Debates over how best to teach children to read and write have been raging for decades and have been rekindled with a recent surge of media attention on teacher preparation and literacy. Against this backdrop, the authors in the May 2019 issue of the State Education Standard lay out the complexities inherent to literacy instruction and argue that no single intervention or policy will suffice to close persistent achievement gaps. To move the needle, state policymakers must consider the full spectrum of research and focus on high-quality teacher preparation, continuous professional development, and rich curriculum to meet the needs of all students.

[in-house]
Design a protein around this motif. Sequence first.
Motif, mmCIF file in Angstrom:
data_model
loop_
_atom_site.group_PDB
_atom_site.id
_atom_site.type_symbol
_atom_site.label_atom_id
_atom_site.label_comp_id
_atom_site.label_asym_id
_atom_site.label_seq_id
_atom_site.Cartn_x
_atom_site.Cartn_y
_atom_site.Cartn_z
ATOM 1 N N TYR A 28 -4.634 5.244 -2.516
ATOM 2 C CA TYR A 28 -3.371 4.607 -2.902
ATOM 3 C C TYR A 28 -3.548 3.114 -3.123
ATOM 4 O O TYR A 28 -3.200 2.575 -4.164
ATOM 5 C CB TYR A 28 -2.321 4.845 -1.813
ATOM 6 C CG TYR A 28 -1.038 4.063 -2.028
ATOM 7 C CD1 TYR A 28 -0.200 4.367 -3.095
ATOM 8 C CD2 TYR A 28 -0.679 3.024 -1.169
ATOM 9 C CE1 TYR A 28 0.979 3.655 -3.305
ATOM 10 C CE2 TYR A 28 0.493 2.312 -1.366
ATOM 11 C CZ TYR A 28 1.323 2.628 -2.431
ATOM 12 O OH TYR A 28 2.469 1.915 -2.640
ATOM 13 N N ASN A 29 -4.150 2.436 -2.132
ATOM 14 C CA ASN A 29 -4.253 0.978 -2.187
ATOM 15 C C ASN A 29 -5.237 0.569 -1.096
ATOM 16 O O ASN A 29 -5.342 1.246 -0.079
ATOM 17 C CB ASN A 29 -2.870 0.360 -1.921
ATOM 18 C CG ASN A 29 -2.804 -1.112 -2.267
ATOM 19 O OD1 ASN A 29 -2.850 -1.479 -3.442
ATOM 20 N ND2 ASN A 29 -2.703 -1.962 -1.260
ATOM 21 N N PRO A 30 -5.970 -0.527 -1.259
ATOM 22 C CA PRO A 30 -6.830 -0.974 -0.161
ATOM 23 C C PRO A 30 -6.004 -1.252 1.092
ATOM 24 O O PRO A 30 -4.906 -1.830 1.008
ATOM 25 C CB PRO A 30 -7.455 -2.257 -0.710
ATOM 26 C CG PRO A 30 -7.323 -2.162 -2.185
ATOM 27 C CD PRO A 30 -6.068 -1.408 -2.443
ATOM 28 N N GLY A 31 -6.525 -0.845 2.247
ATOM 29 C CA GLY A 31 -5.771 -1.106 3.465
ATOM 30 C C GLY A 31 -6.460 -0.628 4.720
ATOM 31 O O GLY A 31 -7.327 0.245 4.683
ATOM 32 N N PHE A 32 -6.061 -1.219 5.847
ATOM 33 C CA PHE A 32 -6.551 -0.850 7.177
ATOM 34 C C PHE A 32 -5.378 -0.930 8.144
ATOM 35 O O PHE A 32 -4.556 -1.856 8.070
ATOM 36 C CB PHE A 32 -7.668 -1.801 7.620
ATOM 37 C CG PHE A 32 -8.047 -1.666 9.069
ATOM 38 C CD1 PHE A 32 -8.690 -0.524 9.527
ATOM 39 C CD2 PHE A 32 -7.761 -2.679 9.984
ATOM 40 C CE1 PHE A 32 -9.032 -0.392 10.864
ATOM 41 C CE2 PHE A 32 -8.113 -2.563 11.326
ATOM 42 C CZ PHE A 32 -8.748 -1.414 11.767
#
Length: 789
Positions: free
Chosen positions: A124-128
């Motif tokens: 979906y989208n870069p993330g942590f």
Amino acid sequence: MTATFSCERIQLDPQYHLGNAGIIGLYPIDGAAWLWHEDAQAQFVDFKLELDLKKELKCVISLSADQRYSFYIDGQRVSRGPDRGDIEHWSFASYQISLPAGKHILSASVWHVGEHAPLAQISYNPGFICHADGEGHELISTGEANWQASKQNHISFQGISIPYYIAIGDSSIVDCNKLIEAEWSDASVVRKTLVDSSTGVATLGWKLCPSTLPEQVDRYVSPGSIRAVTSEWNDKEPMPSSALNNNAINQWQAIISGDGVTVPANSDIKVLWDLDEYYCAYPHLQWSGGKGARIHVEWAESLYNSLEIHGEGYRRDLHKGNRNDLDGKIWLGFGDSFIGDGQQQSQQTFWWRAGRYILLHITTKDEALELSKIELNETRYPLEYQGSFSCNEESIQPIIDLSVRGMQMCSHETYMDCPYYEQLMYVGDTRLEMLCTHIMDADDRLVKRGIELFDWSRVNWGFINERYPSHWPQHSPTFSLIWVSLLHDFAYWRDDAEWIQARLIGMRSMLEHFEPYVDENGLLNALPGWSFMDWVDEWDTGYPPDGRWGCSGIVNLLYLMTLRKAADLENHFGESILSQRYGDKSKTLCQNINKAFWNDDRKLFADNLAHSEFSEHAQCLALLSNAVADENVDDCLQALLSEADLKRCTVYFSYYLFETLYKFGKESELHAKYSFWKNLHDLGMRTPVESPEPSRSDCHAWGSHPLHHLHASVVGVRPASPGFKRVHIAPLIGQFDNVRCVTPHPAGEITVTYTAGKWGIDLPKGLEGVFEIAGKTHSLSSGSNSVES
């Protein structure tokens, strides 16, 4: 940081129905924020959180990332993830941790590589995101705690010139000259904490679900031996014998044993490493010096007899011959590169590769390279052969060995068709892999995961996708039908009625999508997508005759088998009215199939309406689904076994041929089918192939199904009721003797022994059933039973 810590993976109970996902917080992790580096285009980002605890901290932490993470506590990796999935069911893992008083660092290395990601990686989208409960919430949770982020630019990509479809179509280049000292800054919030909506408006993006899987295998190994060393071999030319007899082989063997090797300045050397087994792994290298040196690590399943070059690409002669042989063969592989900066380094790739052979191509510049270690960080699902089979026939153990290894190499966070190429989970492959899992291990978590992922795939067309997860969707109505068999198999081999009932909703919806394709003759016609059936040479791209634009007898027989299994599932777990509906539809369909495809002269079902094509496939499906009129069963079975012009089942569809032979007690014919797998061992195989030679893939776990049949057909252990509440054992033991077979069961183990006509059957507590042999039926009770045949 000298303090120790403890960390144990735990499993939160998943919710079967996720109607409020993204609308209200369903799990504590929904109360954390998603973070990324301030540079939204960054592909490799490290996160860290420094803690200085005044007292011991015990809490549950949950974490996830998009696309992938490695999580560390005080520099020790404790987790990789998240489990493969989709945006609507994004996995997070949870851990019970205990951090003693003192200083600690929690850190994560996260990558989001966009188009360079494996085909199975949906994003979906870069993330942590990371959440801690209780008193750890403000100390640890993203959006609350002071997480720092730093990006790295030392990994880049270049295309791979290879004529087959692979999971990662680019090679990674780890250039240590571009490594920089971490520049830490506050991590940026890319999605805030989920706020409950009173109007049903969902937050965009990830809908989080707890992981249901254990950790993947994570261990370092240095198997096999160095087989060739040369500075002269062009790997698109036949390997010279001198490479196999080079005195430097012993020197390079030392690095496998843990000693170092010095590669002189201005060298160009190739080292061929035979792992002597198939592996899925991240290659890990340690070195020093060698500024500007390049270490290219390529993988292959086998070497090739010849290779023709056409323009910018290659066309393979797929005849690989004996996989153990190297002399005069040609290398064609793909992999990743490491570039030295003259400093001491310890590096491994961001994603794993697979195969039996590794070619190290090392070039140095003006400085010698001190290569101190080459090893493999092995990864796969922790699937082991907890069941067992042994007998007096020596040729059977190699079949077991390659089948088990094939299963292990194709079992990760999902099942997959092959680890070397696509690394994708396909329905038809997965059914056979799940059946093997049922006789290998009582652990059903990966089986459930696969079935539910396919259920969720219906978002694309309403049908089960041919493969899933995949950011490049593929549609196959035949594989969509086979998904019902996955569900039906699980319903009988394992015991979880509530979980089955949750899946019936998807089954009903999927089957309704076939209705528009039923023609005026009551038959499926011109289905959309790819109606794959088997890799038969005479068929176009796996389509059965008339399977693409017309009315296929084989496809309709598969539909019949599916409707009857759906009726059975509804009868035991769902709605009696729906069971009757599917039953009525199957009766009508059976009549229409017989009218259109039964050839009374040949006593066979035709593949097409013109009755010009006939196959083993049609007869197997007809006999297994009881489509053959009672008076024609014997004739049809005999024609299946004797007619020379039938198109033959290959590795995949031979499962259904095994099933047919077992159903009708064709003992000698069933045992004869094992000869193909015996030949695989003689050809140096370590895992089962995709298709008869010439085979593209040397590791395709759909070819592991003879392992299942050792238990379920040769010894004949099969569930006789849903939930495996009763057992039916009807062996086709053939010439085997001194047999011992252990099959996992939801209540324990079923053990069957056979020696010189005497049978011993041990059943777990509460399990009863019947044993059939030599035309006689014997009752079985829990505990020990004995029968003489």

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Reading by Third Grade: How Policymakers Can Foster Early Literacy
Quality professional learning and equity of opportunity have a big part to play.
By Nell K. Duke

Reading Comprehension: Two Approaches
Hint: One is better for building literacy.
By Barbara Davidson

Equipping Teachers to Align ELA Instruction to Standards
Louisiana has been an outlier.
By Julia H. Kaufman and V. Darleen Opfer

Writing Standards: Overcoming the Implementation Challenges
Teacher survey gives clues on how to improve writing performance.
By Gary A. Troia

Early Screening and Intervention for Students with Dyslexia
States should make early identification and help a priority.
By Senator Bill Cassidy and Dr. Laura Cassidy

Policies That Support Improving the Literacy Levels of English Learners
Research points to several ways to raise expectations and performance.
By Timothy Shanahan and Jana Echevarria